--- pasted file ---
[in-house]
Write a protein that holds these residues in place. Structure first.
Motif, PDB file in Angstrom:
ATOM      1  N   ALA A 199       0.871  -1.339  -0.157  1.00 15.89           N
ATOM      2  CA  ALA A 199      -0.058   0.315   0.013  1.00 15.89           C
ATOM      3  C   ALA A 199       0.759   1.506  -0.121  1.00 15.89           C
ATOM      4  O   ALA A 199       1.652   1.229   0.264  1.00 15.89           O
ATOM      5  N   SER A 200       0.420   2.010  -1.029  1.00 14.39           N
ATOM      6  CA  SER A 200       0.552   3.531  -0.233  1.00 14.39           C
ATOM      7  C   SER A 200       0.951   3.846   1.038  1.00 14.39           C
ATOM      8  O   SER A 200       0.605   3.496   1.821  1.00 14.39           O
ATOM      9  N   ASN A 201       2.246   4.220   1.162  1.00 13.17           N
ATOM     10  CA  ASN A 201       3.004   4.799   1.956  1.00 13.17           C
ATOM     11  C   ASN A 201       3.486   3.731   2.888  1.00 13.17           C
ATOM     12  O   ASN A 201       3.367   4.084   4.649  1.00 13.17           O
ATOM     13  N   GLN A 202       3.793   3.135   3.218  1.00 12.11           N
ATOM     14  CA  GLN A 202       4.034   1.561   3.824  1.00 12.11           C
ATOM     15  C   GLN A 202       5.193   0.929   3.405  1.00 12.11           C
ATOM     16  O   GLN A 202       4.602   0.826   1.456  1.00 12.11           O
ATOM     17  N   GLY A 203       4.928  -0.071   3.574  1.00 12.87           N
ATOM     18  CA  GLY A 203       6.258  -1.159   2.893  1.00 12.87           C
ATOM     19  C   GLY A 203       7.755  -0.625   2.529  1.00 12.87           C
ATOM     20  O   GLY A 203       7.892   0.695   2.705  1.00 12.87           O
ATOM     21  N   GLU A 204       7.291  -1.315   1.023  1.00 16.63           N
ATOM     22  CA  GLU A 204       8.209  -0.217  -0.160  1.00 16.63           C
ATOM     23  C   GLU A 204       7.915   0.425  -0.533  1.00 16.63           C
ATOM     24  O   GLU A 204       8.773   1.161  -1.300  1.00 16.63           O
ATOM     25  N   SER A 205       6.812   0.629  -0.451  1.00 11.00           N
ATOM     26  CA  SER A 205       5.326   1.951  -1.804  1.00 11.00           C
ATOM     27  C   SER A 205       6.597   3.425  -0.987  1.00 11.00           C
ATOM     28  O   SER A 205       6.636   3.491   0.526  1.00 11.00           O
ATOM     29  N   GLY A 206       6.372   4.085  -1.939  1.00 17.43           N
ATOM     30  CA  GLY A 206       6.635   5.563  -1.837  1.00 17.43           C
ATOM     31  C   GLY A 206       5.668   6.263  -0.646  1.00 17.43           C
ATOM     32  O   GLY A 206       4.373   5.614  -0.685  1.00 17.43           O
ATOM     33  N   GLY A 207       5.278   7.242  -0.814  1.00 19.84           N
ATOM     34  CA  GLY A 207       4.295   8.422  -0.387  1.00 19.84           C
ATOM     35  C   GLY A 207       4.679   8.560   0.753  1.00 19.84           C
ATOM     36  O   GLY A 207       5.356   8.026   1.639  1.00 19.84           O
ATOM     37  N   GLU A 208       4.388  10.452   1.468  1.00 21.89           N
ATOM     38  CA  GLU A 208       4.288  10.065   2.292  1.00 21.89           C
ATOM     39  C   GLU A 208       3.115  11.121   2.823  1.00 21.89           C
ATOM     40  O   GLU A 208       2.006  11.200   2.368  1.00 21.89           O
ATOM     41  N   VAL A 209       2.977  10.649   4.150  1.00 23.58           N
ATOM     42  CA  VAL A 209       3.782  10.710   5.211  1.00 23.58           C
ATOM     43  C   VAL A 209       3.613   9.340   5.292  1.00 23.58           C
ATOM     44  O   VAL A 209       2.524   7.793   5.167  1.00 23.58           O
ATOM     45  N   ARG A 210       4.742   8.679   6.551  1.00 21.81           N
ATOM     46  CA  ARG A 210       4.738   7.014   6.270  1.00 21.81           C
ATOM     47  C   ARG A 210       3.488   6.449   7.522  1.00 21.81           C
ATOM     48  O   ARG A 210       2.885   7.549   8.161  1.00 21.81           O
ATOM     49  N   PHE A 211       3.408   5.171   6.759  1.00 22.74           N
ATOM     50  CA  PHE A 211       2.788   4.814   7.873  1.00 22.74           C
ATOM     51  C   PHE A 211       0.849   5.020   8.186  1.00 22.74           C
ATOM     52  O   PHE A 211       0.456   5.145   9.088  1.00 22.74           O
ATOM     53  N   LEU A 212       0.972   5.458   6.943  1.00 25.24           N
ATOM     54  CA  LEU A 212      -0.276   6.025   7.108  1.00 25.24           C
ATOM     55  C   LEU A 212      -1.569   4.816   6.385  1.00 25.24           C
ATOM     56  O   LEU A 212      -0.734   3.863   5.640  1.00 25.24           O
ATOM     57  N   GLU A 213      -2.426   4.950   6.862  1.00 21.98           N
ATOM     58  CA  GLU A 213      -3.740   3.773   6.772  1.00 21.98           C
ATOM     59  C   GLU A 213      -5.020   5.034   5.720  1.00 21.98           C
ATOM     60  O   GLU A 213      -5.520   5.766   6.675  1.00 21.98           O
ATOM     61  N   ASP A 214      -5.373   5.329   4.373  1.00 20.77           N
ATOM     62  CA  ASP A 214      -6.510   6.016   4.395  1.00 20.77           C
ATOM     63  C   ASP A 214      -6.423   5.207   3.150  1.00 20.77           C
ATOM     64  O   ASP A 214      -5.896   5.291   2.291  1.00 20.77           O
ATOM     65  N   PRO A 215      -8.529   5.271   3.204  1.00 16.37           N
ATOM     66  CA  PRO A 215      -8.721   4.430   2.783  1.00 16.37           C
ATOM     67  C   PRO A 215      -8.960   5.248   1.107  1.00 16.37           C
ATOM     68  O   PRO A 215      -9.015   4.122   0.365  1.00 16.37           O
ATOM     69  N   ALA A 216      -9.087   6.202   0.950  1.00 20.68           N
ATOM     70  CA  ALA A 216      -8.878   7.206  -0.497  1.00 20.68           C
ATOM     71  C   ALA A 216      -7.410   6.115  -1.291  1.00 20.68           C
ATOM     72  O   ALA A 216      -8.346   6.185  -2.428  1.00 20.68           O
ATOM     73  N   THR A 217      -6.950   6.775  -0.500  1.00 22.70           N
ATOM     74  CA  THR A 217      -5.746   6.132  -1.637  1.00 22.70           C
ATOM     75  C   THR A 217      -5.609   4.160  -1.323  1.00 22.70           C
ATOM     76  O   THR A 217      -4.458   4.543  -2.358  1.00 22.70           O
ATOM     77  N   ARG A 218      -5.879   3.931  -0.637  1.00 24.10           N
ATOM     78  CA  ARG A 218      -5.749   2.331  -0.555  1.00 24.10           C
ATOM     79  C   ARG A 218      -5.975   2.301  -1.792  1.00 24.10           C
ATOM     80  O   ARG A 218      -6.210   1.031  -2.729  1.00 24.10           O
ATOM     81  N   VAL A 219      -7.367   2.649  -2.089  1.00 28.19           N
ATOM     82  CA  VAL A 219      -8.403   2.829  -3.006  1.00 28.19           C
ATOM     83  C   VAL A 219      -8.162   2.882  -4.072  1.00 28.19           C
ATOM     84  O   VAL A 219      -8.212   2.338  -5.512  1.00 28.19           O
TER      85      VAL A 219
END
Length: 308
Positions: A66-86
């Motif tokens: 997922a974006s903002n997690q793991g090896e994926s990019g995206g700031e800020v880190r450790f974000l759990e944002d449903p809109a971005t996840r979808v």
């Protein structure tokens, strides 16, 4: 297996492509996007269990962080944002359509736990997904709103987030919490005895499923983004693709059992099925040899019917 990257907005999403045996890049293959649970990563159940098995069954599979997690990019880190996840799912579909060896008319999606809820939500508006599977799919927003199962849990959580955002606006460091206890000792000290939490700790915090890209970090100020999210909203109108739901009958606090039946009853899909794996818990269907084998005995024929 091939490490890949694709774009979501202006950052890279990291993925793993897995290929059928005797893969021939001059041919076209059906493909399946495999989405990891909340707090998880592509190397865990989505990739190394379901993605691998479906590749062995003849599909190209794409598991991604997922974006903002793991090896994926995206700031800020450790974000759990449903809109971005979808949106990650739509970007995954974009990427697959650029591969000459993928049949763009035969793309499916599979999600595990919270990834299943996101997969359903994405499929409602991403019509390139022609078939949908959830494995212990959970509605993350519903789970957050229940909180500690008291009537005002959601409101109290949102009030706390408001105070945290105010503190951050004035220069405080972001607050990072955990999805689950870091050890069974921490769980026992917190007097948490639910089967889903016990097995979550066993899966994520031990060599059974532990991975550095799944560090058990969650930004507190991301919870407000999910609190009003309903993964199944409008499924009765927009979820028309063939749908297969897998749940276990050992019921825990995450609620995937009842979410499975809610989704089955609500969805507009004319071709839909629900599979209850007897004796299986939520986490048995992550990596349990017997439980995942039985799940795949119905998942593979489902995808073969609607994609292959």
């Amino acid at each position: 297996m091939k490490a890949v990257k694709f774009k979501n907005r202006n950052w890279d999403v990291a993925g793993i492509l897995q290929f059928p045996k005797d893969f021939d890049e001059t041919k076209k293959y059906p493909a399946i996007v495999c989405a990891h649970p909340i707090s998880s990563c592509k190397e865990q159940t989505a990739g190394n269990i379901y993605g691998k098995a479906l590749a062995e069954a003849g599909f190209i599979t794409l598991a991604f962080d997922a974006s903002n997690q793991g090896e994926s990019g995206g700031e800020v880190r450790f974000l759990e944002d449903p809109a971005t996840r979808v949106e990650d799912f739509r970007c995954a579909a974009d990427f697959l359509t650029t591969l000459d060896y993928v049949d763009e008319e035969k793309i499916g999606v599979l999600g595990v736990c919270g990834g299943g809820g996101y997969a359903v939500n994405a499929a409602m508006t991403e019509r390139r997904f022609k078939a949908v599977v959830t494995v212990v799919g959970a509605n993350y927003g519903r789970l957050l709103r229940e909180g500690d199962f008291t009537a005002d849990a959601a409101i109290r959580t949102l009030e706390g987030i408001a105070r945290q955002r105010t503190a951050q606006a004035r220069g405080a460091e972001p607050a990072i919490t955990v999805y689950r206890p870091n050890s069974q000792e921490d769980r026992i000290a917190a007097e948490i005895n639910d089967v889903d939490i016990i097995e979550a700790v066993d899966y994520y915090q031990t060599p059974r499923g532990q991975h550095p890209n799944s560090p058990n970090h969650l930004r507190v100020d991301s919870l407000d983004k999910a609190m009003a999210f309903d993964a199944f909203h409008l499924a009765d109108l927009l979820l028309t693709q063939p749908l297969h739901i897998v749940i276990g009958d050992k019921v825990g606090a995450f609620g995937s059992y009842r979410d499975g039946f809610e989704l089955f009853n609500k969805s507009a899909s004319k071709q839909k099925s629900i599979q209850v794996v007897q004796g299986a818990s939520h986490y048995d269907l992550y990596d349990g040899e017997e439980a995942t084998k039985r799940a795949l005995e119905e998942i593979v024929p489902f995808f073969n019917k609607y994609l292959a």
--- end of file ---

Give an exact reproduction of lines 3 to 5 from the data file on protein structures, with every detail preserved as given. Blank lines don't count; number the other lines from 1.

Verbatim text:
Motif, PDB file in Angstrom:
ATOM      1  N   ALA A 199       0.871  -1.339  -0.157  1.00 15.89           N
ATOM      2  CA  ALA A 199      -0.058   0.315   0.013  1.00 15.89           C